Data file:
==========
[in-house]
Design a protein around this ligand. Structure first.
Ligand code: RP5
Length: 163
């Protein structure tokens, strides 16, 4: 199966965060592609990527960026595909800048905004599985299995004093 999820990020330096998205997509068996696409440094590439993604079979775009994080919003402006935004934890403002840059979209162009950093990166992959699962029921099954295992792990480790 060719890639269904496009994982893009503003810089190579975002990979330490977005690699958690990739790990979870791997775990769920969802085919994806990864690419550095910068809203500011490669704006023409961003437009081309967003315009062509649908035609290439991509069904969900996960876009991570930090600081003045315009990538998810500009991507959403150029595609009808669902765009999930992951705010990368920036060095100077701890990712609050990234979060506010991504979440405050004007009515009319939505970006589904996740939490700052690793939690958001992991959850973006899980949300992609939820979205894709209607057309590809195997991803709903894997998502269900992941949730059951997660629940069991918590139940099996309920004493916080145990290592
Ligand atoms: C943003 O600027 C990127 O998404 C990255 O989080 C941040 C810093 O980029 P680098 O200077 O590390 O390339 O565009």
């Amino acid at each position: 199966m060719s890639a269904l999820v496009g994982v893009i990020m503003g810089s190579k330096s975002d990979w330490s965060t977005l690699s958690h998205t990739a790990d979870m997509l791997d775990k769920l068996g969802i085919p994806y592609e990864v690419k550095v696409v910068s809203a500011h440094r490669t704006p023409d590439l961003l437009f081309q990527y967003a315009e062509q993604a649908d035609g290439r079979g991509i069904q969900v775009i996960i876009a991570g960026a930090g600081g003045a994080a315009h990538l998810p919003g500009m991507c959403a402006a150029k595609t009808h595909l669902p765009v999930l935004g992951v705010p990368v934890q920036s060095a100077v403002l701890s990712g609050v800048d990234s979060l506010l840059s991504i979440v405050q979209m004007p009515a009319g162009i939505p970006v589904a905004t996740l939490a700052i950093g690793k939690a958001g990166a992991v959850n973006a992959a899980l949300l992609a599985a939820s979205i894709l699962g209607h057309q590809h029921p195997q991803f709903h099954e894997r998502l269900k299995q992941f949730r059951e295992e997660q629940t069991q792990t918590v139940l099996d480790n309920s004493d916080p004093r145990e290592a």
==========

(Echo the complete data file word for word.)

[in-house]
Design a protein around this ligand. Structure first.
Ligand code: RP5
Length: 163
């Protein structure tokens, strides 16, 4: 199966965060592609990527960026595909800048905004599985299995004093 999820990020330096998205997509068996696409440094590439993604079979775009994080919003402006935004934890403002840059979209162009950093990166992959699962029921099954295992792990480790 060719890639269904496009994982893009503003810089190579975002990979330490977005690699958690990739790990979870791997775990769920969802085919994806990864690419550095910068809203500011490669704006023409961003437009081309967003315009062509649908035609290439991509069904969900996960876009991570930090600081003045315009990538998810500009991507959403150029595609009808669902765009999930992951705010990368920036060095100077701890990712609050990234979060506010991504979440405050004007009515009319939505970006589904996740939490700052690793939690958001992991959850973006899980949300992609939820979205894709209607057309590809195997991803709903894997998502269900992941949730059951997660629940069991918590139940099996309920004493916080145990290592
Ligand atoms: C943003 O600027 C990127 O998404 C990255 O989080 C941040 C810093 O980029 P680098 O200077 O590390 O390339 O565009």
């Amino acid at each position: 199966m060719s890639a269904l999820v496009g994982v893009i990020m503003g810089s190579k330096s975002d990979w330490s965060t977005l690699s958690h998205t990739a790990d979870m997509l791997d775990k769920l068996g969802i085919p994806y592609e990864v690419k550095v696409v910068s809203a500011h440094r490669t704006p023409d590439l961003l437009f081309q990527y967003a315009e062509q993604a649908d035609g290439r079979g991509i069904q969900v775009i996960i876009a991570g960026a930090g600081g003045a994080a315009h990538l998810p919003g500009m991507c959403a402006a150029k595609t009808h595909l669902p765009v999930l935004g992951v705010p990368v934890q920036s060095a100077v403002l701890s990712g609050v800048d990234s979060l506010l840059s991504i979440v405050q979209m004007p009515a009319g162009i939505p970006v589904a905004t996740l939490a700052i950093g690793k939690a958001g990166a992991v959850n973006a992959a899980l949300l992609a599985a939820s979205i894709l699962g209607h057309q590809h029921p195997q991803f709903h099954e894997r998502l269900k299995q992941f949730r059951e295992e997660q629940t069991q792990t918590v139940l099996d480790n309920s004493d916080p004093r145990e290592a």